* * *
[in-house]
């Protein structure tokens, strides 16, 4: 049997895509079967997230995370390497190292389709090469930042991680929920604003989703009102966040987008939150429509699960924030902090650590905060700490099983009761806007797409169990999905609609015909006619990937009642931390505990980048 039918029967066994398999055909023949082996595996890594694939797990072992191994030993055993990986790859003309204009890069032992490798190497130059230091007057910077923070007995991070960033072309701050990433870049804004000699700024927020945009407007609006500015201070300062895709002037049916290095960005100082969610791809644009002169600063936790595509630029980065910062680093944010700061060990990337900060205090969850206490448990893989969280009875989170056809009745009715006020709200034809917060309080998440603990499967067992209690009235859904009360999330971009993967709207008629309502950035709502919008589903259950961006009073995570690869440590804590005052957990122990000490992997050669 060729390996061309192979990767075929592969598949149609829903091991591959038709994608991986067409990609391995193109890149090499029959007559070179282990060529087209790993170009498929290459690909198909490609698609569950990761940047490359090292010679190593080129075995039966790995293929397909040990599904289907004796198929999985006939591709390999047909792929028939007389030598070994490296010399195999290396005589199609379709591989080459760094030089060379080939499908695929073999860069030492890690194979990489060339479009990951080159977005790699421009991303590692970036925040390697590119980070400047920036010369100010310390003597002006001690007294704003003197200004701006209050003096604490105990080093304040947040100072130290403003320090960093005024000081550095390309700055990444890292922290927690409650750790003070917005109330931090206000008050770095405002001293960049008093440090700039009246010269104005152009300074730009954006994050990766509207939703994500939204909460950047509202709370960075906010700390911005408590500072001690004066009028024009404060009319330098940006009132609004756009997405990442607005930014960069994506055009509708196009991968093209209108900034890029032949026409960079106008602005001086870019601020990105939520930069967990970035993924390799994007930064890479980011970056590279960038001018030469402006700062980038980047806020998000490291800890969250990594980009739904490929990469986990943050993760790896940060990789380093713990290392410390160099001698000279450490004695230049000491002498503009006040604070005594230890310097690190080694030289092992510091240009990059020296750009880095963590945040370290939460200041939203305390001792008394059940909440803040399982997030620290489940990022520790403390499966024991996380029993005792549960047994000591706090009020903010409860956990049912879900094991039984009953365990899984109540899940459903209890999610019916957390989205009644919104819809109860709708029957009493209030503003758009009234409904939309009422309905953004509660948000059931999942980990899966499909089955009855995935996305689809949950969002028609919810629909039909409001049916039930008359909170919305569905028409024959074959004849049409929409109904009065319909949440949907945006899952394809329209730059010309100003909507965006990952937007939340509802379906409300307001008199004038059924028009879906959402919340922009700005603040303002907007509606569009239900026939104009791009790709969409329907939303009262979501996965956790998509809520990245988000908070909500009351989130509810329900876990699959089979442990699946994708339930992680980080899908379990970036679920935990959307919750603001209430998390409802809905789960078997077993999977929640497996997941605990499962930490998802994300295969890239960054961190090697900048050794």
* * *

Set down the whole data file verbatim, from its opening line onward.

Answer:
[in-house]
């Protein structure tokens, strides 16, 4: 049997895509079967997230995370390497190292389709090469930042991680929920604003989703009102966040987008939150429509699960924030902090650590905060700490099983009761806007797409169990999905609609015909006619990937009642931390505990980048 039918029967066994398999055909023949082996595996890594694939797990072992191994030993055993990986790859003309204009890069032992490798190497130059230091007057910077923070007995991070960033072309701050990433870049804004000699700024927020945009407007609006500015201070300062895709002037049916290095960005100082969610791809644009002169600063936790595509630029980065910062680093944010700061060990990337900060205090969850206490448990893989969280009875989170056809009745009715006020709200034809917060309080998440603990499967067992209690009235859904009360999330971009993967709207008629309502950035709502919008589903259950961006009073995570690869440590804590005052957990122990000490992997050669 060729390996061309192979990767075929592969598949149609829903091991591959038709994608991986067409990609391995193109890149090499029959007559070179282990060529087209790993170009498929290459690909198909490609698609569950990761940047490359090292010679190593080129075995039966790995293929397909040990599904289907004796198929999985006939591709390999047909792929028939007389030598070994490296010399195999290396005589199609379709591989080459760094030089060379080939499908695929073999860069030492890690194979990489060339479009990951080159977005790699421009991303590692970036925040390697590119980070400047920036010369100010310390003597002006001690007294704003003197200004701006209050003096604490105990080093304040947040100072130290403003320090960093005024000081550095390309700055990444890292922290927690409650750790003070917005109330931090206000008050770095405002001293960049008093440090700039009246010269104005152009300074730009954006994050990766509207939703994500939204909460950047509202709370960075906010700390911005408590500072001690004066009028024009404060009319330098940006009132609004756009997405990442607005930014960069994506055009509708196009991968093209209108900034890029032949026409960079106008602005001086870019601020990105939520930069967990970035993924390799994007930064890479980011970056590279960038001018030469402006700062980038980047806020998000490291800890969250990594980009739904490929990469986990943050993760790896940060990789380093713990290392410390160099001698000279450490004695230049000491002498503009006040604070005594230890310097690190080694030289092992510091240009990059020296750009880095963590945040370290939460200041939203305390001792008394059940909440803040399982997030620290489940990022520790403390499966024991996380029993005792549960047994000591706090009020903010409860956990049912879900094991039984009953365990899984109540899940459903209890999610019916957390989205009644919104819809109860709708029957009493209030503003758009009234409904939309009422309905953004509660948000059931999942980990899966499909089955009855995935996305689809949950969002028609919810629909039909409001049916039930008359909170919305569905028409024959074959004849049409929409109904009065319909949440949907945006899952394809329209730059010309100003909507965006990952937007939340509802379906409300307001008199004038059924028009879906959402919340922009700005603040303002907007509606569009239900026939104009791009790709969409329907939303009262979501996965956790998509809520990245988000908070909500009351989130509810329900876990699959089979442990699946994708339930992680980080899908379990970036679920935990959307919750603001209430998390409802809905789960078997077993999977929640497996997941605990499962930490998802994300295969890239960054961190090697900048050794």